A big-hearted jolly elf once said, “The best way to spend Christmas cheer is singing loud for all to hear.”
The American Sign Language Club and classes at South Kitsap High School continue to prove the same holiday spirit exists in an expressive, yet silent language.
Family and friends packed into the high school Dec. 7 for a night of classic Christmas carols and songs at the annual ASL Winter Performance. The concert was composed of twelve well-known Christmas songs which students would first teach the words for and then perform the song in its entirety while each song played over the speaker system.
Helping organize the popular event was Elizabeth Cordy, the ASL teacher at the high school. Cordy is a fluent speaker in ASL and was able to be interviewed by Kitsap Daily News with the help of a translator. She said Christmas is the perfect time for others to learn about the language too.
“We’ve been doing it (the winter performance) for several years,” she said. “Most of the community loves Christmas songs, so signing and seeing the signing is more inspirational.”
Each of the lessons and performances was designed to encourage the audience’s participation. Kids and adults alike could be seen practicing the signs at their seats, and then singing along with the performance.
At the end of each song, the audience was also encouraged to partake in silent applause, which was described as “jazz hands in the air”. This type of applause gives the ASL speakers visual appreciation similar to the sound effect for their performances.
Cordy said the audience is always a big part of the performance and also gives her less experienced kids a chance to continue learning while still being involved with the program.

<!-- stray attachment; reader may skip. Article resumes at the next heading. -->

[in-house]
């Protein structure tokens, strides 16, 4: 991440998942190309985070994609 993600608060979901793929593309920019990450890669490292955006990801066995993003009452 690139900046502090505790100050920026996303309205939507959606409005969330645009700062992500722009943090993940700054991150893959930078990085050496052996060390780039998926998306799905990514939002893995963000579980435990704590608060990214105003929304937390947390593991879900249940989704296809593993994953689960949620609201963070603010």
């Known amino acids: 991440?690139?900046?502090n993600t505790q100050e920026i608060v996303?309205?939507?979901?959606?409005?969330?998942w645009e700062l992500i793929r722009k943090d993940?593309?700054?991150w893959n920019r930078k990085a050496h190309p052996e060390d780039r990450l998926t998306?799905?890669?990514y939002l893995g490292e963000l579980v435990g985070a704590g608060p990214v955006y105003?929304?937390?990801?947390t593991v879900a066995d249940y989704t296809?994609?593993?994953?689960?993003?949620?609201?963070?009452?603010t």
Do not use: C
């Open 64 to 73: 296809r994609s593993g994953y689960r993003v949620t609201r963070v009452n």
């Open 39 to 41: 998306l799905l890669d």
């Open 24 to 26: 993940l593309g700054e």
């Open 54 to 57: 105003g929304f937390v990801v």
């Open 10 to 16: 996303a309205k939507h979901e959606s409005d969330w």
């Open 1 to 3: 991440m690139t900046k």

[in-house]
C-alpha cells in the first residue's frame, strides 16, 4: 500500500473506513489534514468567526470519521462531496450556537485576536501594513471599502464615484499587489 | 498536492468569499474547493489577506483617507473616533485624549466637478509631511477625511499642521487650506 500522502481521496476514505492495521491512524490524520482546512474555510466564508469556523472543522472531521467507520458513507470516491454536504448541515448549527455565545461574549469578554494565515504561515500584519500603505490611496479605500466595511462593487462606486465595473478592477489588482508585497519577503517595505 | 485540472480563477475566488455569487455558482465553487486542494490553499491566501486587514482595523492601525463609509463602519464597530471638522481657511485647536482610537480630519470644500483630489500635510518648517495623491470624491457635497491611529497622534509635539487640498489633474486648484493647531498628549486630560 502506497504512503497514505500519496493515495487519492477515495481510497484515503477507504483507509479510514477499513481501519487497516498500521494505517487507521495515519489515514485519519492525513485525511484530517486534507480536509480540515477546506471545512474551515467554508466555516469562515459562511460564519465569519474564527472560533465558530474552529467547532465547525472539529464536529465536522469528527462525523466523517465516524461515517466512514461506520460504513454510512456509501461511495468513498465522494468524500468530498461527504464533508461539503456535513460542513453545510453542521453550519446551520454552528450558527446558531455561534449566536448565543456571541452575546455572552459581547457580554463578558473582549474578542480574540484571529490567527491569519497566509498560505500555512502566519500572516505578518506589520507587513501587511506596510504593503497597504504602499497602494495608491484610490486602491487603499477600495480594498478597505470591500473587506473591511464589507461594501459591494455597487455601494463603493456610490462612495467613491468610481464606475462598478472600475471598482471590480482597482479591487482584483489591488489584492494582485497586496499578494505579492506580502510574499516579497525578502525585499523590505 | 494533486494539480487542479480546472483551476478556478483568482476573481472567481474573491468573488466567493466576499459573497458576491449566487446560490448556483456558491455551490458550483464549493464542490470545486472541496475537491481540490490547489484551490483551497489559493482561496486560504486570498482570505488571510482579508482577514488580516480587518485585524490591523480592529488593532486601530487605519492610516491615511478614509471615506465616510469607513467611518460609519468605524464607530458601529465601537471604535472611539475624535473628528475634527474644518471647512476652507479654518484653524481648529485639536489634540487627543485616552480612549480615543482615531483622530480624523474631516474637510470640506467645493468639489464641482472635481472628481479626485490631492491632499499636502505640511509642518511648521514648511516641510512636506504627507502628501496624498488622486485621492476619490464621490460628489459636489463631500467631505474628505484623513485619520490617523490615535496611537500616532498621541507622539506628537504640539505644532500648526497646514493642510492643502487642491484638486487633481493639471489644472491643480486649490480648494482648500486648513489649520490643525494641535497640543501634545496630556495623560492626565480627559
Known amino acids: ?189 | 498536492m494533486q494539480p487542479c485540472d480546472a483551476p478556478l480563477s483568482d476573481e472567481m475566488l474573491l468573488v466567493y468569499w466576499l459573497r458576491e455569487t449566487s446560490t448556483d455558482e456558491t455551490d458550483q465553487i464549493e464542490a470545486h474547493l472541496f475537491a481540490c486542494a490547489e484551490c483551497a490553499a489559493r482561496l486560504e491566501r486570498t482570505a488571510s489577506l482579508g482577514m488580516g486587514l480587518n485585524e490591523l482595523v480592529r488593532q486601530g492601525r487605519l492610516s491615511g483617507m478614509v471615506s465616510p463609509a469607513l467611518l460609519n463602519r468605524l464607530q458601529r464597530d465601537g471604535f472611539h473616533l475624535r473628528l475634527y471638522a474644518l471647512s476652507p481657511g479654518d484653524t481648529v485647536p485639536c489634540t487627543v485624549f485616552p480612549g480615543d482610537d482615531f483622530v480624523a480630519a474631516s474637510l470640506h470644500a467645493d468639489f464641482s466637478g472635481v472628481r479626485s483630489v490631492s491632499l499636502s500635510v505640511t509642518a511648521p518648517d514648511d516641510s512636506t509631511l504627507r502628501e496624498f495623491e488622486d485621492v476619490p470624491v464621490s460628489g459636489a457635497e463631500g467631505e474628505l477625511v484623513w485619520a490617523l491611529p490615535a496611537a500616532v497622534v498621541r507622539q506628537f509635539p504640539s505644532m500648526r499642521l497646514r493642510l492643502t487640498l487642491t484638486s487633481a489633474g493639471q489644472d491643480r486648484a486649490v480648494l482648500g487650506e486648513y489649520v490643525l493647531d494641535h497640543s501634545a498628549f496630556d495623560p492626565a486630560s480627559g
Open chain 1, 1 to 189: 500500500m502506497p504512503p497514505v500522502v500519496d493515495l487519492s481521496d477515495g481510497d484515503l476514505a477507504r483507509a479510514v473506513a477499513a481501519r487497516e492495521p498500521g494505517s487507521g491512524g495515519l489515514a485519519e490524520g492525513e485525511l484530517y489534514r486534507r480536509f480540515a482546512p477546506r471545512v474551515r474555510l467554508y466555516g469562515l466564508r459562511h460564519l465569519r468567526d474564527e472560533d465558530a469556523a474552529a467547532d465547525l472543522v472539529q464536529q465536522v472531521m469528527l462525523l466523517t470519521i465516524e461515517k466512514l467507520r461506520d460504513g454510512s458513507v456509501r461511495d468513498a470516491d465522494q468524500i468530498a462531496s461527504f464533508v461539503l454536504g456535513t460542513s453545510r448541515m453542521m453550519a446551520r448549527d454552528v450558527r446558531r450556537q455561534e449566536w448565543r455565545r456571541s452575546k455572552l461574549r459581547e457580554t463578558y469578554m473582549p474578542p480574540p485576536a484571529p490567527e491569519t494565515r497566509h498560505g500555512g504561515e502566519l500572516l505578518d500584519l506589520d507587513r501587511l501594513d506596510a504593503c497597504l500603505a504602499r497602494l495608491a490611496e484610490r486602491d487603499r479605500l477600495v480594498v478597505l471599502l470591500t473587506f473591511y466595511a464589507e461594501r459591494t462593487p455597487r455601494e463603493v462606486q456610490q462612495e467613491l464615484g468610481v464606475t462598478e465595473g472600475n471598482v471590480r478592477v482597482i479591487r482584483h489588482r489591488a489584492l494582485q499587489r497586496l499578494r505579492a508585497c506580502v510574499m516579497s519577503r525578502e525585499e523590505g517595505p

“We try to involve the audience because ASL 1 students aren’t really ready for the concert, so they volunteer to teach, so next year, they are prepared and know what to do,” she said.
The performance gives audience members the chance to see not just the language itself, but the unique emotional pull that the language offers. Since the language cannot rely on things such as volume and sound, it instead relies heavily on the movements and facial expressions of its user.
For songs that entail more of an uplifting feel such as “I Want a Hippopotamus for Christmas” and “Santa Claus Is Coming to Town”, the students’ faces were exceedingly joyful, and their body motions mirrored such joy. For other songs that express the possible heartbreak of “Blue Christmas”, the language was presented as more pleading and romantic.
“It depends on the music and what the song’s about,” Cordy said, “and the facial expressions and body gestures really show that emotion.”
Cordy said she was impressed by her students on all levels during the performance and also hopes members of the audience picked up a liking for ASL along the way.